Grass-fed beef may never dominate the U.S. beef market, but its practitioners are optimistic about their growth prospects given recent market progress. The addition of grass-fed beef to the menu of some Arby’s restaurants in the Richmond, VA, area is one such sign.
At the recent Grass-Fed Beef Conference in Yankton, SD, producers and industry leaders explained the genetic traits critical to success.
Tallgrass Beef field representative Clay Nash says cattle that eventually carry the Tallgrass label are no more than 30 months of age with a carcass weight of 550-850 lbs., and a minimum live weight at time of purchase of 1,100 lbs.
Tallgrass Beef requires fat cover to be ultrasound-verified at a minimum of 0.25 in. at a maximum of 50 days prior to harvest, he says, with an actual ribeye area of at least 10 in. Minimum percent intramuscular fat must be 3.5% and ribeye shape score must equal or exceed 0.30. Tenderness score must register 25 or less.
“The more consistency we see in a group of cattle, the better,” Nash says. “Some producers’ genetics are very predictable. Successful grass-fed producers say easy-fleshing cows with strong maternal traits that consistently produce healthy calves over a long period of time make them profitable. John Cotton in Volga, SD, is one of the rare livestock breeders with that kind of genetics.”
Cotton, in east central South Dakota, was known during the ’80s and ’90s as “the guy with the little, dinky cows,” he says.
“My herd genetics are rooted in what my dad started in the ’60s,” Cotton says. ”He believed a successful livestock producer needed efficient cows to control input costs and raise average-sized cattle. My cows average a 4.5 to 5.5 frame score. If I have anything larger than that, I sell that animal.”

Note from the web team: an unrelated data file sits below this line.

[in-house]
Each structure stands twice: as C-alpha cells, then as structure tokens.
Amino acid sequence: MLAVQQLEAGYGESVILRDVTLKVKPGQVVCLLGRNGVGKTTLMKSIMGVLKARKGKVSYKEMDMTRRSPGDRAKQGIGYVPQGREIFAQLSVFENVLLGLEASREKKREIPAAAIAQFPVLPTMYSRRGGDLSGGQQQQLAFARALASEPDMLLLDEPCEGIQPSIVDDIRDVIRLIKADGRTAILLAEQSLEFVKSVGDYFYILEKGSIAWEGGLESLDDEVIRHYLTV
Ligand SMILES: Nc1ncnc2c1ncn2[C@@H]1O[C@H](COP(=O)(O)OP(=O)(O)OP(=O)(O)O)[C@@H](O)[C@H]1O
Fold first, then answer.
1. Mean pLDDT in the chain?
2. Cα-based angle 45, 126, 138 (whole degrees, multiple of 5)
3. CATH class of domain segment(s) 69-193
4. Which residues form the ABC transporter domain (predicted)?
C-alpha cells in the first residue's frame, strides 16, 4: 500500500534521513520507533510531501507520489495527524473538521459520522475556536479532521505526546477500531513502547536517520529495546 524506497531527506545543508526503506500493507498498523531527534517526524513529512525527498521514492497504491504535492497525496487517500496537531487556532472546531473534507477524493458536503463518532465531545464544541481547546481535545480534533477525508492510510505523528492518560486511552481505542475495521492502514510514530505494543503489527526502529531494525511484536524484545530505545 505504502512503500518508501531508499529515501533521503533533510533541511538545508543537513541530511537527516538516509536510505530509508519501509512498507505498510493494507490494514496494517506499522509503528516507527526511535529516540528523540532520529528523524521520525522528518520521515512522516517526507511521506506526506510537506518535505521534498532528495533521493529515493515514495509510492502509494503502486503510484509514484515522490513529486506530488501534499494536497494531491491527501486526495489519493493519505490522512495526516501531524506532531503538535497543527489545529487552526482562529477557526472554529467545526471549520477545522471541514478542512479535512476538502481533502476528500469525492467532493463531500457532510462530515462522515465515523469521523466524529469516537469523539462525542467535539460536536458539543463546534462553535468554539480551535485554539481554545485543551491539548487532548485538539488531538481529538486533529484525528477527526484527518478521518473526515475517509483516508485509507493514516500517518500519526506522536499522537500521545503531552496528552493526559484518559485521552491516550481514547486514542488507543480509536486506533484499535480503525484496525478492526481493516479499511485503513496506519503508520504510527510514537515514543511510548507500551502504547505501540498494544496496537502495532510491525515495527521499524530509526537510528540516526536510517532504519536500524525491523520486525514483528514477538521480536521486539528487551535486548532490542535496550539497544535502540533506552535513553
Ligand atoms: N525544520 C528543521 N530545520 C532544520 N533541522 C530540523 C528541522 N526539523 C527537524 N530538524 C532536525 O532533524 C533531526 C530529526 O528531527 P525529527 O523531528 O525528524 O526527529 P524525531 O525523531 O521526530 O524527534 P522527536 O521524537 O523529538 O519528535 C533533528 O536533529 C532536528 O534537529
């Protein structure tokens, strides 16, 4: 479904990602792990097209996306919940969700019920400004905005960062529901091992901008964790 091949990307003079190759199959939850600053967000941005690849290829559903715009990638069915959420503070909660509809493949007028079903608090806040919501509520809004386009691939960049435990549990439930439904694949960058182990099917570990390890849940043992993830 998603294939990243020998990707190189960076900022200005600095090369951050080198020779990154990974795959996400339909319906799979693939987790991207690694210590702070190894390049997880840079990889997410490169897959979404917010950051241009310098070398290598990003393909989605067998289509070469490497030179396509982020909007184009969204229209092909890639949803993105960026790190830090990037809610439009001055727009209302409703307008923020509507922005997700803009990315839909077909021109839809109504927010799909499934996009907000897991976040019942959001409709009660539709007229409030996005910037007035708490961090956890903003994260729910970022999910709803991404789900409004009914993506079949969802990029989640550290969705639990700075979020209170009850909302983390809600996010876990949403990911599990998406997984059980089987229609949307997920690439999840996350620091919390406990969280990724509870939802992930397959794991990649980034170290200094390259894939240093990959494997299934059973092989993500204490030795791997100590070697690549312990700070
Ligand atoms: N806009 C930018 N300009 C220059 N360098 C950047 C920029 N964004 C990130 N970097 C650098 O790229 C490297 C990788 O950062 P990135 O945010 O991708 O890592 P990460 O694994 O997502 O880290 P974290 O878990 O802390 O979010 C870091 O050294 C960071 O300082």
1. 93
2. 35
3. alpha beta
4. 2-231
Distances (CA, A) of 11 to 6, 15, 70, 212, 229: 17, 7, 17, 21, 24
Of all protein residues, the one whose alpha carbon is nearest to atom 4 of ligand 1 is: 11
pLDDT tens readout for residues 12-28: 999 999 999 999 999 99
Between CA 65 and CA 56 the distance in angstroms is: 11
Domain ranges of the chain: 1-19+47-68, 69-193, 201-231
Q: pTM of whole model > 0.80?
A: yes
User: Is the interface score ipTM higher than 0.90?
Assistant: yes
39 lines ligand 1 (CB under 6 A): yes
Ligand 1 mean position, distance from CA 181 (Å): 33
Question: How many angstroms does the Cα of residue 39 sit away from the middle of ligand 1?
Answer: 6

Cotton’s cattle are on pasture as long as winter permits. Once home, they feed on silage raised on his cropland. Among Cotton’s profit guidelines is maintaining cows that wean calves between 42% and 50% of bodyweight. Cows average 1,380 lbs.
He selects animals by visual appraisal. “I’ve been looking at good, functional type cows all my life. I want cows with a nice wedge shape, narrower in front than back with a deep body and pretty little Angus head. They have to be productive at least 12-15 years. It takes six years to pay for a cow. Replacing females every five years means little to no profit,” Cotton says.
Cotton agrees with longtime grass-fed producers cautioning that cattlemen can’t afford to be unforgiving of cows consistently open or raising unsatisfactory calves.
“If they screw up, they go,” Cotton says. “When a cow is dry for a year, she’s likely to become obese and have problems raising a calf. My job is to provide the best feed I can and make sure I use a good mineral program. My calves tend to be like peas in a pod – very consistent. Because my genetics go back so far, I base breeding decisions on records I keep for each animal. One trait I’ve selected for is short gestation. For Angus, the standard is 283 days. I’ve worked to get down between 280 and 278. I like easy sliders so I keep birth weights down, too.”
In selecting bulls, Cotton looks for a “John Wayne” profile.
“You want broad shoulders, wide in front, narrow in the hip,” he says. “A quality bull also has good testicle size, a clean sheath and curly haired coat. I want a good, deep chest and masculine look. With the genetics I’ve stuck with, you won’t make big bucks overnight, but you won’t lose overnight, either. I’ve never gone to extremes in any trait. If you single trait select you’ll eventually end up biting yourself every time.”
Nebraska Extension Educator Terry Gompert has raised grass-fed beef on his small Nebraska ranch for 11 years. He believes profit potential for grass-fed beef profits are at an industry peak.
“Many of our current economic factors make a low-input beef operation pretty attractive,” Gompert says. “Credit shortages and high interest rates are pretty likely in the near future. It’s also quite probable we’ll see extremes in input expenses for crops and livestock. Land prices could decrease significantly and added environmental and animal-care regulations could all stress the livestock industry.”
-- Loretta Sorensen